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Buddhadharma : Spring 2016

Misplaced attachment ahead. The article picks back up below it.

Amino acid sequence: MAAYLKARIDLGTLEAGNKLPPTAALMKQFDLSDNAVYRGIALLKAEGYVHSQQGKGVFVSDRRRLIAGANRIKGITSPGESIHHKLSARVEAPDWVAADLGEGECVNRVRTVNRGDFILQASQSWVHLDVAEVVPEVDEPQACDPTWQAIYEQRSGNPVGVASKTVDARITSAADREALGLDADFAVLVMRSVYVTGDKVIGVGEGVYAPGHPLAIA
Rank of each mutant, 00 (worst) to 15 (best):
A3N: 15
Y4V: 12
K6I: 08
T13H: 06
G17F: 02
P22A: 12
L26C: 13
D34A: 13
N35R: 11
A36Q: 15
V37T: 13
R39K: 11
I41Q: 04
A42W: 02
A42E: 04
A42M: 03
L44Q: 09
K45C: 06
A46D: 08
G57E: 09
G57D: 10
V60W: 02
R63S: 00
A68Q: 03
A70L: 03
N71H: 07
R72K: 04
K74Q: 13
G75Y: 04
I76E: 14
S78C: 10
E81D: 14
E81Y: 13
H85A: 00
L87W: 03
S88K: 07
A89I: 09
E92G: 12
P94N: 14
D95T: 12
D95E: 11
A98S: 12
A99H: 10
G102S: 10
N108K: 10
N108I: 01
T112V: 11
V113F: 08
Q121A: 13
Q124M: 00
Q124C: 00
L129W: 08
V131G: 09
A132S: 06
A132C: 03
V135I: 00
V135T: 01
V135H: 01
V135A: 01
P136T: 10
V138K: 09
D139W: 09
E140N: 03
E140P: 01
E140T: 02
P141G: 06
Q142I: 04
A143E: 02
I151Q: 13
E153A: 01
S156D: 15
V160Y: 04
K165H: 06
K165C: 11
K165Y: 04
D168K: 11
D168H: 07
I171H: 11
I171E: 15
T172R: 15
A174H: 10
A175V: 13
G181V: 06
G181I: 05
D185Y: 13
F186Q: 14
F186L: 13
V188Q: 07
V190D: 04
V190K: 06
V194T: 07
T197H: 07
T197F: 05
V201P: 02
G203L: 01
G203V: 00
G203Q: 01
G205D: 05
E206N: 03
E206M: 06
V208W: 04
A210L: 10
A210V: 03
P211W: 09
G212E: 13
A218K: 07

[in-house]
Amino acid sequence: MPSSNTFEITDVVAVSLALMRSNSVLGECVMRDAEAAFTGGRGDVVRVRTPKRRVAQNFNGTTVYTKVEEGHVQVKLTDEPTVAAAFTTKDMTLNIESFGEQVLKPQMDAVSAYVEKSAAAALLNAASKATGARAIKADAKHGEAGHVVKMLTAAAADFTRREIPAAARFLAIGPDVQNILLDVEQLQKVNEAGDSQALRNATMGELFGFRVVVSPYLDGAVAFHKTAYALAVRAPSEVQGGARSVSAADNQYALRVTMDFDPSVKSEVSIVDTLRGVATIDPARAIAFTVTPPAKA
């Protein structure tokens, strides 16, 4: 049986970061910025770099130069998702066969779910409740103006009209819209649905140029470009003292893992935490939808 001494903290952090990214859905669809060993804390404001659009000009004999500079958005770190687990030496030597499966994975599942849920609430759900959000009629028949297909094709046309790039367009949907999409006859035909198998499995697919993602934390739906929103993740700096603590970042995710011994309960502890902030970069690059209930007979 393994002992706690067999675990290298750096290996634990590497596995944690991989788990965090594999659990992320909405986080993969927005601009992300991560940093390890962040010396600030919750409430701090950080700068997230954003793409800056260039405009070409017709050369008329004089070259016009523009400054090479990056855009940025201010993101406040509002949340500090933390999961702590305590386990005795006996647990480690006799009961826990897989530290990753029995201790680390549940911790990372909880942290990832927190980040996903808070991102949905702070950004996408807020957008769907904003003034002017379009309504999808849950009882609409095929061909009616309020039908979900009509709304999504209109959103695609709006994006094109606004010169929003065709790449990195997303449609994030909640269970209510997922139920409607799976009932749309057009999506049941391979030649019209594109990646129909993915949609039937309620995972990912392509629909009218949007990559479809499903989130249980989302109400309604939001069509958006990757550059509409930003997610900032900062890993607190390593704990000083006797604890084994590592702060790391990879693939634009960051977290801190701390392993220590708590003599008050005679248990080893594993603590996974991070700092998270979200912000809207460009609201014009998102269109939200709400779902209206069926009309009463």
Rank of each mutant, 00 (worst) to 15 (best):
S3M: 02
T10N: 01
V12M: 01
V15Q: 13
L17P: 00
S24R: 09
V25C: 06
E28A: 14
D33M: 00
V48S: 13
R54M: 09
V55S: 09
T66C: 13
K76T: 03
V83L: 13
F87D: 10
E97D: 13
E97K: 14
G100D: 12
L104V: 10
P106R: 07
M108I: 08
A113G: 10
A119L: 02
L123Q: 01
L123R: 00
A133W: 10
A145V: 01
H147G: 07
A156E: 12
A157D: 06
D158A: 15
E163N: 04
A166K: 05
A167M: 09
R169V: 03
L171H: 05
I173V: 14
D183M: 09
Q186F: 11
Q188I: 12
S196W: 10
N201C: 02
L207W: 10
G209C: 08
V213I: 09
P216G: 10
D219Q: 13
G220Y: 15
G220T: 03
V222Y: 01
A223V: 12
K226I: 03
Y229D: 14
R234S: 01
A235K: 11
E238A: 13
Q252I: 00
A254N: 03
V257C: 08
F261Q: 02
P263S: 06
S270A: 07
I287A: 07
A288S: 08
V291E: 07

38 buddhadharma: the practitioner’s quarterly spring 2 0 1 6 Note that in the second section of this passage that describes nibbana with no residue left, the feel- ing that is mentioned refers to the particular type of feeling that is experienced only by arahants. This is kammically indeterminate (abyakata) feeling, that cannot be said to be wholesome or unwholesome and produces no kammic results. Also, although only feeling is mentioned explicitly, it should be taken to include all five aggregates. The arahant has no involvement with any of the aggregates that might lead to rebirth. None of the phenomena that one experiences while still alive are associated with desire, pride, or wrong view. Thus they all arise and pass away completely, without leaving any kammic residue that might create the potential for another life. A fire that does not get any more fuel cannot continue to burn but simply dies down and becomes extinguished. Likewise, an arahant’s aggregates that have been caused through previous kamma do not arise as a new life or new aggregates but, after hav- ing arisen, simply cease and become extinguished. After the cessation of the aggregates, the aggregates no longer arise. As a result, the aggregates that con- stantly arise in an arahant due to the momentum of previous kamma do not continue to arise in a new life but are extinguished in this very life. Nibbana without residue remaining is synony- mous with the cessation of the aggregates (khand- haparinibbana). Once the path has been attained, and after having entered parinibbana, there is no longer any opportunity for the arising of mental and physical phenomena that would come into existence if the path were not attained. In addition, cessation of the five aggregates is accomplished with the real- ization of the path knowledge of arahantship. However, this cessation is not something that actually arises, so it cannot be described in terms of time. Prior to the development of the path, the defilements and their resultant phenomena (new life, aggregates) may arise at any time when the conditions are favorable. However, such potential defilements and phenomena cannot be said to actu- ally exist in the past, present, or future. Thus they are considered to be “independent of time” (kalavi- mutta). Thus both kinds of nibbana—nibbana with residue and nibbana without residue—are indepen- dent of time. They cannot be said to exist in the past, present, or future. Therefore, one should not ask questions such as “Did the nibbana that was experienced at the moment of knowledge of change-of-lineage occur in the past, present, or future?” These two Nibbana-elements were made known By the Seeing One, stable and unattached: One is the element seen here and now With residue, but with the cord of being destroyed; The other, having no residue for the future, Is that wherein all modes of being utterly cease. Having understood the unconditioned state, Released in mind with the cord of being destroyed, They have attained to the Dhamma-essence. Delighting in the destruction (of craving), Those stable ones have abandoned all being. —Itivuttaka In these verses, the cessation of the defilements or the aggregates—that is, nibbana either with or without residue remaining—is called the uncondi- tioned. Just as the opposites of fire and water, heat and cold, dark and light, or jungle and open space, so is it the opposite of conditioned phenomena and therefore called the unconditioned. Nibbana is also called a “state” (pada) because it can be attained and experienced through the path knowledge and fruition knowledge. Based on this, it can be con- cluded that the nibbana that is experienced through path and fruition is the same as the two types of nibbana with and without residue remaining. If this were not the case, then the Abhidhamma would be incorrect in saying this: